Congenital and oral transmission of American trypanosomiasis: an overview of physiopathogenic aspects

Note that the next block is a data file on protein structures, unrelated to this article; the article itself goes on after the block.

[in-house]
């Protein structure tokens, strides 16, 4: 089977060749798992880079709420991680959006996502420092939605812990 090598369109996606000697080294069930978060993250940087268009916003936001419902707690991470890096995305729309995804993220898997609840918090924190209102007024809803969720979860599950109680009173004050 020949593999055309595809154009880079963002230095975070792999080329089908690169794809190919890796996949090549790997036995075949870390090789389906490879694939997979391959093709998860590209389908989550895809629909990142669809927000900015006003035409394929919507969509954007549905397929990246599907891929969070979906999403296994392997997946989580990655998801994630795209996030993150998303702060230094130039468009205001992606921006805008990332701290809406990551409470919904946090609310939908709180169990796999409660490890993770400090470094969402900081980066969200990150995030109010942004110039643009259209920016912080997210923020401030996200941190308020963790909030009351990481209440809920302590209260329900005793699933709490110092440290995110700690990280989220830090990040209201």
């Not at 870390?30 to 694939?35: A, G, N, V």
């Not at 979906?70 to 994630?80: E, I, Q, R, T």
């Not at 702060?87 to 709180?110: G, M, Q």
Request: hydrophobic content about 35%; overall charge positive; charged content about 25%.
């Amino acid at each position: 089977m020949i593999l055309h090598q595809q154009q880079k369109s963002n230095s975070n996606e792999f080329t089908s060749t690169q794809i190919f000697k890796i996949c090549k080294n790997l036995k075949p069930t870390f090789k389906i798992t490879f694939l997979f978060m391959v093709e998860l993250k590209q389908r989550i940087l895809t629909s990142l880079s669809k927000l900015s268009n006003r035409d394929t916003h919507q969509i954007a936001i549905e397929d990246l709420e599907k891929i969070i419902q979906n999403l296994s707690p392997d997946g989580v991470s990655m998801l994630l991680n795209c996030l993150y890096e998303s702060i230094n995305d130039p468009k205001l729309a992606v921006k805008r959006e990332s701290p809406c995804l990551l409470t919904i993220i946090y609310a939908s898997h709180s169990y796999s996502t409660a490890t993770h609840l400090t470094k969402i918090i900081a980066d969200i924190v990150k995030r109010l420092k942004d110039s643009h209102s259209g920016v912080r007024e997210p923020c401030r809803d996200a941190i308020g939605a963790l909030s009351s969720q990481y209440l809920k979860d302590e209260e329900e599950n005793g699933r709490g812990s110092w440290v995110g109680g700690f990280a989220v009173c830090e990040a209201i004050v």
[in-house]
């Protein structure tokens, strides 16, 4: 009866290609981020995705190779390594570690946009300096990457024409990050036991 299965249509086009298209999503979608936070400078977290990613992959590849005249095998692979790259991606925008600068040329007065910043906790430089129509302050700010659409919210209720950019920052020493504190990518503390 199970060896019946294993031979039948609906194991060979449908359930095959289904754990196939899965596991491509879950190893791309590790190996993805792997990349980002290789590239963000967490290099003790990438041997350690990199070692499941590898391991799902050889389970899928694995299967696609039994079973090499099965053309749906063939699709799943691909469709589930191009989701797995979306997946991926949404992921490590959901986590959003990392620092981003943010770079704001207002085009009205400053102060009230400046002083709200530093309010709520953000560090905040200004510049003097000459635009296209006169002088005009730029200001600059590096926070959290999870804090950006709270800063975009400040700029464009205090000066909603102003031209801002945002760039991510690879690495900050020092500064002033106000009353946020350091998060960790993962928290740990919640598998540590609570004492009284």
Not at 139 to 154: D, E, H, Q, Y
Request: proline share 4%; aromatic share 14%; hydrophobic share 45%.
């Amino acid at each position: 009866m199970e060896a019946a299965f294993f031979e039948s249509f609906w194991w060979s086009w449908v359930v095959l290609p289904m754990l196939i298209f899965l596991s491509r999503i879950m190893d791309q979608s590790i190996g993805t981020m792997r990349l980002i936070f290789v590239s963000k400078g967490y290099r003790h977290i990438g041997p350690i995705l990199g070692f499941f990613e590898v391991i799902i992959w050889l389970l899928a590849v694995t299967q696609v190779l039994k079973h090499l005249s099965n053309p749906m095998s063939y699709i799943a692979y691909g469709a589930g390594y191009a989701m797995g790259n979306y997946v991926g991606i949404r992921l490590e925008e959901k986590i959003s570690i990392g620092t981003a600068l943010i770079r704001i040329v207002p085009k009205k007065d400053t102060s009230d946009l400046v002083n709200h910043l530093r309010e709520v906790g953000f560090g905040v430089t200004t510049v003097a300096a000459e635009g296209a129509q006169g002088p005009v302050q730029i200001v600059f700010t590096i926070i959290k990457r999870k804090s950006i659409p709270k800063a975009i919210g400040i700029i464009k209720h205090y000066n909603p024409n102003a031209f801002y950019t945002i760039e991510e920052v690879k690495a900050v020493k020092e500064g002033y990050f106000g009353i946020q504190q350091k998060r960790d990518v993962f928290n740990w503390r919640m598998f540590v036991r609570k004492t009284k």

Chagas disease or American trypanosomiasis is a pathology affecting about 8–11 million people in Mexico, Central America, and South America, more than 300 000 persons in the United States as well as an indeterminate number of people in other non-endemic countries such as USA, Spain, Canada and Switzerland. The aetiological agent is Trypanosoma cruzi, a protozoan transmitted by multiple routes; among them, congenital route emerges as one of the most important mechanisms of spreading Chagas disease worldwide even in non-endemic countries and the oral route as the responsible of multiple outbreaks of acute Chagas disease in regions where the vectorial route has been interrupted. The aim of this review is to illustrate the recent research and advances in host-pathogen interaction making a model of how the virulence factors of the parasite would interact with the physiology and immune system components of the placental barrier and gastrointestinal tract in order to establish a response against T. cruzi infection. This review also presents the epidemiological, clinical and diagnostic features of congenital and oral Chagas disease in order to update the reader about the emerging scenarios of Chagas disease transmission.
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